Assessment of Grant Stevens, UCF Tight End Recruiting, and the Current Situation of UCF Tight End
Grant stevens will bring versatile abilities to Orlando. Having signed two tight ends of the combined 2020 and 2021 classes with a very good height, Stevens should complement these two players very well. This is good, as the restricted end use of UCF is set to increase dramatically.
In case anyone is wondering, UCF will use tight ends in a very different way under the guidance of the head coach. Gus Malzahn. He’s always proven that he would use tight ends to “leverage” a defense and gain a schematic advantage on either side of the lineup. For this to work, a multitude of tight ends will be needed in Orlando so the Knights can mix and match the tight end staff for every play call they want.
Coach Malzahn also likes to use the tight ends as extra blockers for good old school, powerful football. For this reason alone, limited recruitment will be essential to move forward. Now here’s a look at how Stevens is playing, as well as how the Knights can build the tight depth board now that Stevens is in the fold.
Vital: 6’4 “, 230 pounds
Position: Tight end
High school: Ponte Vedra Beach (Florida) Nease
To classify: 2022
Recruitment: Engaged with UCF on Sunday August 22.
What Stevens does best
Catch soccer and play games in space. Unlike many other tight ends, Stevens will function in space more like a wide receiver than a traditional inline tight end which is a better blocker than the receiver, and he is a capable blocker with the benefit of improving. in that area of ââhis game. More importantly, Stevens will engulf the receiving yards and keep the chains moving. Think of it as a great receiver of possession.
Stevens as a blocker
Able to stay with blocks and push her man back, Stevens showed tenacity. He’s solid keeping a low base to help keep his power up, but there’s still room to improve there. He should also keep his arms inside to emphasize the power that comes from his hips and legs after contact. This will be the area where Stevens needs work the most, but he’s a willful blocker and it’s duly noted.
Playing for Nease High School, Stevens performed outdoors as a traditional tight end, H-back and tight end. Based purely on the film, he’s a nightmare for linebackers and safeties when lined up as the traditional H-back or tight end. When the offense performs a play action on its side of the formation, it gains an advantage.
Acting like he was going to block and then come out for a pass gave Stevens extra time to grab passes regardless of the route type. He’s a good athlete, so adding an extra stop to his itinerary before a defender realizes it’s a pass can be fatal.
While he’s not physically ready to intimidate linebackers outside of college while blocking the run, Stevens’ athleticism and tenacity will at least give him a shot at playing as a rookie for the Knights. He’s a tight end, and this is precisely the type of tight end that coach Malzahn has found several roles for during his coaching days for Auburn. Now a look at how Stevens fits into UCF’s last two tight ends.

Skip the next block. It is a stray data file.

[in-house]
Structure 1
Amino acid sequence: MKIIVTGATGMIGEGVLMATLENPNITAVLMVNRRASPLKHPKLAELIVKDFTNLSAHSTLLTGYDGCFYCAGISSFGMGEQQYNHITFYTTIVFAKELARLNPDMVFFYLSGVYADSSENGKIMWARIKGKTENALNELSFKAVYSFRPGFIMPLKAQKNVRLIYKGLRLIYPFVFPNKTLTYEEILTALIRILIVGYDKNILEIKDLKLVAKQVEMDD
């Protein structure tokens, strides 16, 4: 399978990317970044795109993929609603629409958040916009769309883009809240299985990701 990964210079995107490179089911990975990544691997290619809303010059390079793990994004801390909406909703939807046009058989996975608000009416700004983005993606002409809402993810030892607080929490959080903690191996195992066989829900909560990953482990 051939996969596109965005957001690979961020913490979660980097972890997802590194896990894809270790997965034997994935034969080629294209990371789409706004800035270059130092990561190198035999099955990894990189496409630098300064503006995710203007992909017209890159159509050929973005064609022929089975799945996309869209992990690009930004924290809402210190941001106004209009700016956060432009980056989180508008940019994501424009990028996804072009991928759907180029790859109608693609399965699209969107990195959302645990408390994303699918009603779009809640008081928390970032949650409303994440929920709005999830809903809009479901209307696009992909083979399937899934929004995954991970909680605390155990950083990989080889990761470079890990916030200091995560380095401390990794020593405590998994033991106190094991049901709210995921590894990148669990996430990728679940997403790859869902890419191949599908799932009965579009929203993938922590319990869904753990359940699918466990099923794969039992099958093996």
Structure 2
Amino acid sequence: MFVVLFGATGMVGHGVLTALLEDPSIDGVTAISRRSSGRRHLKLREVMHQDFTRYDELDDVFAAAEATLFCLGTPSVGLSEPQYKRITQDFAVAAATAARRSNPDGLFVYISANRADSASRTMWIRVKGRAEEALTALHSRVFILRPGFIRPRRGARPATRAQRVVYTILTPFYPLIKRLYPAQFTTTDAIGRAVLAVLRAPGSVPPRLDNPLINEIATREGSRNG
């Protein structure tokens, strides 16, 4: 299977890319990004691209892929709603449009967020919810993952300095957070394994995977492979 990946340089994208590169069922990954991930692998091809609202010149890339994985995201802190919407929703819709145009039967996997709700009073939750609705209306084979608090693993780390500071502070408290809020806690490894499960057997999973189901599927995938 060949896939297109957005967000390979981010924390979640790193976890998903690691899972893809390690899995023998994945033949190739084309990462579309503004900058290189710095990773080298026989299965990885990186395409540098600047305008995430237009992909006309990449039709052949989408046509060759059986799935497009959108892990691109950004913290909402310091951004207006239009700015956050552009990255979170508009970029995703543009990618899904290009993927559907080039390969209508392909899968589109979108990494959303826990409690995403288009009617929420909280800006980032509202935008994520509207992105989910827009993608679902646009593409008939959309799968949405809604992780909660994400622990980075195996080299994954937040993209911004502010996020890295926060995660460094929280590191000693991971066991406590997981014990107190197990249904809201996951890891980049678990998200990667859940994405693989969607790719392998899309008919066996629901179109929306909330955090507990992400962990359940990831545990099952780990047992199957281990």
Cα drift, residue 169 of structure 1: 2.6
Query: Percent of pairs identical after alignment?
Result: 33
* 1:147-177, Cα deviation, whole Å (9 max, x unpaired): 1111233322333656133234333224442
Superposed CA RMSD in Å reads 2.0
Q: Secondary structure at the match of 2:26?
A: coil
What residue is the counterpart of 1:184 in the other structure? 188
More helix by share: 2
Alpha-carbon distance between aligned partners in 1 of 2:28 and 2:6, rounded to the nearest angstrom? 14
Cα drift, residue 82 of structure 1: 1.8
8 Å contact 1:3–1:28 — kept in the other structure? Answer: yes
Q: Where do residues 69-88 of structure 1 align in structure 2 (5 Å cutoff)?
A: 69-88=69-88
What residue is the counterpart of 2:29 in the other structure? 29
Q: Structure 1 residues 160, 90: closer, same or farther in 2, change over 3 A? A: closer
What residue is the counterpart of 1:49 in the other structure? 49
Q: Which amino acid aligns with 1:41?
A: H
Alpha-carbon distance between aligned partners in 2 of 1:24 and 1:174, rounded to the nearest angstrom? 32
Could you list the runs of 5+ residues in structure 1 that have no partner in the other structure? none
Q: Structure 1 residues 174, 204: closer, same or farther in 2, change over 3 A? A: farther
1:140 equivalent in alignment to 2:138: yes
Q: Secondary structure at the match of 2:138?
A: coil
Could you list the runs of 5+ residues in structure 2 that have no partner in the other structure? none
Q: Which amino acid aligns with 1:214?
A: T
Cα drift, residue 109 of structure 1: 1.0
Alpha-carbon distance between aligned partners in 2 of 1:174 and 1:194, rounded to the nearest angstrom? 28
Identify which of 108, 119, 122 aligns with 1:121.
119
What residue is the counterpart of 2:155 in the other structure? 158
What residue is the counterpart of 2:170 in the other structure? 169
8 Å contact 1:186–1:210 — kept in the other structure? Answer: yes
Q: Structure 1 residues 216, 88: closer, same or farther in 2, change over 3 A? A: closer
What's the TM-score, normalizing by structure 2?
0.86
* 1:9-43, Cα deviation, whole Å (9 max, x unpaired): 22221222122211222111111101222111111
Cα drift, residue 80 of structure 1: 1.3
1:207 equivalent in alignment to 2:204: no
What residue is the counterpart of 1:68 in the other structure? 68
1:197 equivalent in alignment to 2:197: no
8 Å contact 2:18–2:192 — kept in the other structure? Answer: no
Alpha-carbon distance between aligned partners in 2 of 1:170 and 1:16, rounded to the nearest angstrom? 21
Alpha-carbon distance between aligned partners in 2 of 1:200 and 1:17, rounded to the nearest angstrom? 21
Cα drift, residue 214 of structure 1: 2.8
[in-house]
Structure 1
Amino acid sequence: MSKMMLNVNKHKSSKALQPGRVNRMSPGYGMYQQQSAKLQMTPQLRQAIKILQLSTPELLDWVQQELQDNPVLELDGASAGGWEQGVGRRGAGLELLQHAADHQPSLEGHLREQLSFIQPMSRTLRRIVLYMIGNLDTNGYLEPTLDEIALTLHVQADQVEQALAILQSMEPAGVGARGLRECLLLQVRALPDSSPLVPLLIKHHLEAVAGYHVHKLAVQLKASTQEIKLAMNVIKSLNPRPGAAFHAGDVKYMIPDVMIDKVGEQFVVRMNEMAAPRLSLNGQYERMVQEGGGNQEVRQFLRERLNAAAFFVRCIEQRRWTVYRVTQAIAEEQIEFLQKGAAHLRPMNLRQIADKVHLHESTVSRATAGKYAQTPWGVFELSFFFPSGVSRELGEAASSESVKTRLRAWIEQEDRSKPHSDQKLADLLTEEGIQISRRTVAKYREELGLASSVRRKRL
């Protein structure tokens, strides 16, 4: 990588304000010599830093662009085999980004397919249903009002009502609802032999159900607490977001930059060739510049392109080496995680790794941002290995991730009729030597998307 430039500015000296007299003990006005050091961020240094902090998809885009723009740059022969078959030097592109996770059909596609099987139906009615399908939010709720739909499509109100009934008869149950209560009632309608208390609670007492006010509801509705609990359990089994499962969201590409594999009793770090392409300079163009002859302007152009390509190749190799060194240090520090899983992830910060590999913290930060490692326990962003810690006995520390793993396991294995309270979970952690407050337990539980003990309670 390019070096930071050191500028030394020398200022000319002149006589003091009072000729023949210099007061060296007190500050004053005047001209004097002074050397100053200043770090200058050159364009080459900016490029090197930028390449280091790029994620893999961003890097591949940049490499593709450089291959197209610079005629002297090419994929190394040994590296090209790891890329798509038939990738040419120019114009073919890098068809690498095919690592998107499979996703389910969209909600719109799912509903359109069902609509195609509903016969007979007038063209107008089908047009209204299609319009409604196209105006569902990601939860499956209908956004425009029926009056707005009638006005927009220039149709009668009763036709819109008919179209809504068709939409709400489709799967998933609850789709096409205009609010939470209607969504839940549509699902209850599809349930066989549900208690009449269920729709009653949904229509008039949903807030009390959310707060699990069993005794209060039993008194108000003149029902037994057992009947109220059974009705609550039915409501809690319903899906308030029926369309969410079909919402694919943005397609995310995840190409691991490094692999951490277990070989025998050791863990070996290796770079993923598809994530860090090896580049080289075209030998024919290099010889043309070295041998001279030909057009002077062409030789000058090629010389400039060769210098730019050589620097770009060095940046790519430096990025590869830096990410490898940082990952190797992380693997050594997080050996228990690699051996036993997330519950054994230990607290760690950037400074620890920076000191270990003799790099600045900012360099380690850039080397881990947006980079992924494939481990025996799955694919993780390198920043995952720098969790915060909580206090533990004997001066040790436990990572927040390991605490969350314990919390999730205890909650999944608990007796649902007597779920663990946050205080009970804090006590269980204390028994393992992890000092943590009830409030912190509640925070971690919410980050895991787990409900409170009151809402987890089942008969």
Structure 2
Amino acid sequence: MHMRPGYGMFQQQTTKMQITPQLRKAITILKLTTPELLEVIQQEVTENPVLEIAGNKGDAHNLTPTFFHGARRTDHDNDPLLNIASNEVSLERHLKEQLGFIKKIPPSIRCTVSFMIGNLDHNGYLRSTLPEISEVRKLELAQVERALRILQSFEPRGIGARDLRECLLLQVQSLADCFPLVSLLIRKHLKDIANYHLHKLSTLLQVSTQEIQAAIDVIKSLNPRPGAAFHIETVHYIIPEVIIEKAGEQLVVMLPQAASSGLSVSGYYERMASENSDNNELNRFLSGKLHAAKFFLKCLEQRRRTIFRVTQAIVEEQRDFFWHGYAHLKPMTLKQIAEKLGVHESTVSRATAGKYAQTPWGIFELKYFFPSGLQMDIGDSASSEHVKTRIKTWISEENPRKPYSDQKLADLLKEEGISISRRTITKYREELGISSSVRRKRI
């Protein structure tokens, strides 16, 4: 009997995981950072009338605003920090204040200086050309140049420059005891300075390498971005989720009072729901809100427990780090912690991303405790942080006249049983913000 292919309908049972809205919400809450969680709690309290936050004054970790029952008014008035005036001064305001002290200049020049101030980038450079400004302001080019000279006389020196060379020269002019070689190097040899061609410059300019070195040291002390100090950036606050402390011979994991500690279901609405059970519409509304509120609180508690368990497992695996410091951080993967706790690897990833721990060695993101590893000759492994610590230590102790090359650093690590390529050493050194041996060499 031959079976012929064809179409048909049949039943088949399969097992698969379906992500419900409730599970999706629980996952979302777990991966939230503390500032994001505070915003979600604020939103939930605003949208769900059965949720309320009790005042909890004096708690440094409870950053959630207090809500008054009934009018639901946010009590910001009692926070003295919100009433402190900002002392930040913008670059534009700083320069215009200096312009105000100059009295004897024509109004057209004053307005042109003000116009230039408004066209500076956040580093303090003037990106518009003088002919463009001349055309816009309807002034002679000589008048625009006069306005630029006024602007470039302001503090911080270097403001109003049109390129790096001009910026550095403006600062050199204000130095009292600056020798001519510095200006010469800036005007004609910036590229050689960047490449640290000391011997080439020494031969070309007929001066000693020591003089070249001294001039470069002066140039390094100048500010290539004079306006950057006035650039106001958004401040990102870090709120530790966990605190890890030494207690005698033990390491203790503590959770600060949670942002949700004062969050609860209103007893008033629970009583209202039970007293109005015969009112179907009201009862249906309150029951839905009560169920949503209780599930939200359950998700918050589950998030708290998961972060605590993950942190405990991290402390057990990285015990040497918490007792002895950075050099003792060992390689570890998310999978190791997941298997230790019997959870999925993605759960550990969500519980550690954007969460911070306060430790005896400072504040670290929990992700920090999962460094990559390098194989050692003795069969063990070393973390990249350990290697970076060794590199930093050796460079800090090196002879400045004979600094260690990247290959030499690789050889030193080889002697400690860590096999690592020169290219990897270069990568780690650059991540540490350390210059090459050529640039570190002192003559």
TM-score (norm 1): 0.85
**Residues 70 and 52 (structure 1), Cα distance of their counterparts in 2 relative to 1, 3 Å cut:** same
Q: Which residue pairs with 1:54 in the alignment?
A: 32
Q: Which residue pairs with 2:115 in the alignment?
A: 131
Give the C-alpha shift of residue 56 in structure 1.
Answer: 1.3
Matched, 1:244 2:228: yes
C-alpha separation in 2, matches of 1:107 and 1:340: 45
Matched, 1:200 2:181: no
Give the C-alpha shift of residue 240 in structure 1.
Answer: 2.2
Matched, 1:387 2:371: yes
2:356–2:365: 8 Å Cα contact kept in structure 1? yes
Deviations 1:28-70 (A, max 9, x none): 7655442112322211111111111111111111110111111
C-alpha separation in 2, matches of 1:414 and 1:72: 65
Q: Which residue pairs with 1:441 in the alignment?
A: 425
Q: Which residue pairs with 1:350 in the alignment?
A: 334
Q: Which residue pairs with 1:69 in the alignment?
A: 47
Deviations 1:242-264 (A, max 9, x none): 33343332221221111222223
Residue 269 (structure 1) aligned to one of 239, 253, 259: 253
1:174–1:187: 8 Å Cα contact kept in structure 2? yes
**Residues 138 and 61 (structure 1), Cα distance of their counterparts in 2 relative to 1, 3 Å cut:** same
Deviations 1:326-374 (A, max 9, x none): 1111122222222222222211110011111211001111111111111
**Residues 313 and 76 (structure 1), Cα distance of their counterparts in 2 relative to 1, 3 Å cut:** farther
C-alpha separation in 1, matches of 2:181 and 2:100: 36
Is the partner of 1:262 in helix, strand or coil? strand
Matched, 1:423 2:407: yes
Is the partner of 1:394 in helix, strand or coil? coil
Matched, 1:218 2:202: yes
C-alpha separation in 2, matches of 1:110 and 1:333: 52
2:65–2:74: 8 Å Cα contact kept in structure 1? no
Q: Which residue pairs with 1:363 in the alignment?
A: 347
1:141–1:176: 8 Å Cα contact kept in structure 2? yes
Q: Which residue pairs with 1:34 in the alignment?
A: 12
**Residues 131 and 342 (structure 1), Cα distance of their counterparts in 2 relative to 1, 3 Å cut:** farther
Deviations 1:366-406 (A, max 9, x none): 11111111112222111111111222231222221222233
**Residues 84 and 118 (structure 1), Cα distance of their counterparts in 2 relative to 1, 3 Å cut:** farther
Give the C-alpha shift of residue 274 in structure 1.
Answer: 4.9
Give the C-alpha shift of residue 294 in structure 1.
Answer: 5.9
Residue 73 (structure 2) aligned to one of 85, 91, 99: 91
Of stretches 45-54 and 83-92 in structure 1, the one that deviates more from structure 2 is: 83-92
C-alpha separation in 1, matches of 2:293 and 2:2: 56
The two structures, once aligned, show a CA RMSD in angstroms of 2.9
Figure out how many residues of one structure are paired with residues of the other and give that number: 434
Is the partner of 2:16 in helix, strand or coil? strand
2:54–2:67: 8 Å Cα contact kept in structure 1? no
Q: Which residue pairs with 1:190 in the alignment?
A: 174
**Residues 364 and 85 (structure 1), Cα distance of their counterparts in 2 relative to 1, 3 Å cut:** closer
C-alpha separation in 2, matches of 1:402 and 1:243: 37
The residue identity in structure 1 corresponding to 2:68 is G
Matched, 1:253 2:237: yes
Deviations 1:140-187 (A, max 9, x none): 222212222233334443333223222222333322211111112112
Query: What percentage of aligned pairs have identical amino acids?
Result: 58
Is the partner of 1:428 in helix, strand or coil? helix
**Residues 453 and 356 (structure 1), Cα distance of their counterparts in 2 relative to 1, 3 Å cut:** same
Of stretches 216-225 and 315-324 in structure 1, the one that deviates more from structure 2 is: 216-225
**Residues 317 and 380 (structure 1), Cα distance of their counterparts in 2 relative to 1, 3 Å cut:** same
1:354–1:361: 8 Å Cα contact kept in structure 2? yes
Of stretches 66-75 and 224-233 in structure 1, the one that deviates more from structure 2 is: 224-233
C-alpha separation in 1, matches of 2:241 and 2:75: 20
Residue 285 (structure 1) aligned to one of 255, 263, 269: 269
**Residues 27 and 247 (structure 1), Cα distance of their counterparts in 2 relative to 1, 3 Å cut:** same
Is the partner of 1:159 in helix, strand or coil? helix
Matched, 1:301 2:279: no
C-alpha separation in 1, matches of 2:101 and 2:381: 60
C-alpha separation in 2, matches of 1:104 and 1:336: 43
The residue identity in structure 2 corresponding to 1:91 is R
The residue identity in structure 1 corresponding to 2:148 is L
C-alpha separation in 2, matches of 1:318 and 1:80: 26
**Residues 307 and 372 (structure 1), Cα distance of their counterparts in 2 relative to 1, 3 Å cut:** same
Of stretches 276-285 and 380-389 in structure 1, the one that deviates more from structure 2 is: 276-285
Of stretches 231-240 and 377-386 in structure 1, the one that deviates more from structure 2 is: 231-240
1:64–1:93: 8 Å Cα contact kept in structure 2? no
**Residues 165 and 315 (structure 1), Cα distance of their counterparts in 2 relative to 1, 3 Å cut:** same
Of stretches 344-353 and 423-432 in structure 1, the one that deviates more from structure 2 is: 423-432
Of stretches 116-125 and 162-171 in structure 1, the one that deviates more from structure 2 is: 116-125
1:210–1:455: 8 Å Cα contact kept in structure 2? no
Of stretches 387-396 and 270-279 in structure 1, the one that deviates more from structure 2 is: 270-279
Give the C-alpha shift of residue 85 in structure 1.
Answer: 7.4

Build the Tight End Depth Graph
It is best to assess a position’s recruitment efforts over two or even three years to better understand recruitment needs. Stevens will be added to the next two tight ends for an average of one tight end per recruiting class from 2020 to 2022.
The 2020 high school recruit who is still enrolled at UCF would be Jordan davis, a 6-foot-4, 250-pound freshman in a red shirt from Sanford, Fla. Seminole. The 2021 recruiting class brought UCF a first recruit with Charlie browder, now up to 6’7 “, 260 lbs.
With the size Davis and Browder bring, each could afford Coach Malzahn and UCF’s leading edge blockers, as well as Davis potentially used as a fullback, and of course, both playing traditional roles as than tight ends. Having their height and physical stature is one thing, but it’s questionable until UCF fans see every tight end come into the game and contribute for the Knights. Let’s see how well they’re playing this fall, as it could help determine if UCF takes a tight second end in the class of 2022.
UCF 2022 Tight End depth chart provides experience, lack of depth
Senior tight end Jake Hescock will probably be gone after this season, and there is a chance that the backup Zach Marsh-Wojan will also be leaving after the 2021 season. With COVID-19 eligibility at stake, it’s hard to project right now. For now, it’s best to assume that at least one of the youngest close-fins is going to play a big role for the Knights in 2022, if not sooner.
With Stevens added to UCF’s recruiting class, the Knights are close to where they need to be with tight numbers. Depending on transfer options at the end of the fall semester, maybe the chance of getting another tight high school end will be too much to pass up.
Honestly, it’s too early to predict if the Knights will even add an extra tight end, honestly. That’s what the season is for – to find out where the depth board is – in an effort to better understand tight recruiting needs. Then again, if Davis and Browder show great promise this fall, then Coach Malzahn and his staff will likely move this scholarship to another position.
Regardless of the progress of the tight winged youngsters, Stevens represents the type of tight end who is excellent for Coach Malzahn’s quick offense. He could possibly play the final tight line, H-back, fullback, or flex tight end position. Tight trainer Brian Blackmon can keep Stevens in the game when the Knights get up to speed and put their foot on the gas because he’s versatile.
While some may not understand how important Stevens is and how coach Malzahn wishes to use his roster, this is a really important chess piece for the future offensive depth charts of the UCF. Stevens is a very good pickup for UCF Football.
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